Kishida stresses ‘speediness’ for COVID-19 measures

The Yomiuri Shimbun
Prime Minister Fumio Kishida is seen before answering questions at a plenary session of the House of Councillors at the Diet in Tokyo on Friday.

Prime Minister Fumio Kishida stressed “speediness” in implementing measures against the novel coronavirus during the question-and-answer sessions that lasted for three days until Friday in both chambers of the Diet.

During one session in the House of Councillors, Kishida referred to an oral drug that the government regards as the “key” to tackling COVID-19, saying, “As soon as the drug is approved, we will deliver it to the medical front lines promptly.”

He made the remark in response to Natsuo Yamaguchi, leader of the Liberal Democratic Party’s ruling coalition partner Komeito, who said, “The development and wide use of an oral drug [to treat COVID-19] is extremely important.”

Kishida also said the government has already secured 1.6 million doses of the oral drug, for which an application for approval has been filed in Japan.

Regarding border-control measures against the omicron variant of the virus, Kishida particularly stressed during the three days of sessions that the government has taken measures in a speedy manner. He is apparently mindful that the administrations of his predecessors, Shinzo Abe and Yoshihide Suga, were criticized for slow responses to COVID-19.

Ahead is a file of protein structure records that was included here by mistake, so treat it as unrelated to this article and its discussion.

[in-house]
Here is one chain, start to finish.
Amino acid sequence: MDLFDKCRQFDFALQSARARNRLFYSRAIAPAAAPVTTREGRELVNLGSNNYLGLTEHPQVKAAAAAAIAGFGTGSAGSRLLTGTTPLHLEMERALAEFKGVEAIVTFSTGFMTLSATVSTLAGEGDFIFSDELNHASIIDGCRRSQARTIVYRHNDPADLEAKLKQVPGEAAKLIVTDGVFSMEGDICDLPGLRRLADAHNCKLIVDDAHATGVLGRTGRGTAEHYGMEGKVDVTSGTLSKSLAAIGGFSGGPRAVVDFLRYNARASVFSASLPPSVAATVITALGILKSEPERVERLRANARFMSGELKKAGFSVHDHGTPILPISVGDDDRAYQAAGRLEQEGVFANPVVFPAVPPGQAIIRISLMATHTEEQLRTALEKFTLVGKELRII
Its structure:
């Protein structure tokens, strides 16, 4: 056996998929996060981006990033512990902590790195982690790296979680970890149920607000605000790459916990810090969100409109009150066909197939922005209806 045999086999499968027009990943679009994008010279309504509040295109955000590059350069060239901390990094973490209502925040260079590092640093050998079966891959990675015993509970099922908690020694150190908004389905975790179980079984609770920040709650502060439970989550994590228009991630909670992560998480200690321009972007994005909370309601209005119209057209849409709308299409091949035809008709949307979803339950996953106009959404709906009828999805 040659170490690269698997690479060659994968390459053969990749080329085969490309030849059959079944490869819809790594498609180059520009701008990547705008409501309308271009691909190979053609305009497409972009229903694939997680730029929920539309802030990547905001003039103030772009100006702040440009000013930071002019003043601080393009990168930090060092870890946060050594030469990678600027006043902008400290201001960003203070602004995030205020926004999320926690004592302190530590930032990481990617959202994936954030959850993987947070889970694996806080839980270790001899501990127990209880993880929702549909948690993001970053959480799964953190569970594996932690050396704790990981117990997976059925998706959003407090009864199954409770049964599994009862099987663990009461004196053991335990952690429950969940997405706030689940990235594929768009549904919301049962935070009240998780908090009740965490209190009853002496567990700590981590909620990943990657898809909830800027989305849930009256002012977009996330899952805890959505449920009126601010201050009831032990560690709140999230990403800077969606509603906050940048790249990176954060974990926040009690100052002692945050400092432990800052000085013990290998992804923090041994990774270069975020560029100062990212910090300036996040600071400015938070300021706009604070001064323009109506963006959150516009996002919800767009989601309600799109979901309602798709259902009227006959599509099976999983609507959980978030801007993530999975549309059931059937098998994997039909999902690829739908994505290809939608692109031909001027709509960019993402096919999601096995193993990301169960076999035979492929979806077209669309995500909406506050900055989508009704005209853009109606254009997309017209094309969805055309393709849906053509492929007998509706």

During the sessions, when some lawmakers asked Kishida about his views on other issues, such as constitutional revision and a review of “correspondence allowances” paid to Diet members, he often read out his responses from the documents he held in his hand.

According to government sources, Kishida had read the draft answers prepared by bureaucrats repeatedly until the last minute over the three days, making corrections with his own pen. His style of including his own words in his answers to questions as much as possible remains unchanged since his time as foreign minister, which lasted four years and seven months.

“He responds to questions in a clear and careful manner,” Hiroshige Seko, the LDP’s secretary general in the upper house, said of Kishida at a press conference on Friday. “I think people have noticed his political stance and strong determination.”

The stage for the Diet debate between the ruling and opposition parties will now shift to the budget committees of both chambers. The prime minister and all Cabinet members will attend the committee sessions for the lower house on Monday and Tuesday, where they will be asked questions in a different format.

In question-and-answer sessions of the type that ended Friday, each party representative makes a speech that contains multiple questions, and when it is the prime minister’s turn to speak, he responds to all of the questions at once.

The budget committee questioning involves more give-and-take, with each question immediately followed by an answer. “The prime minister may not be as good at fielding questions on the fly,” an LDP member said.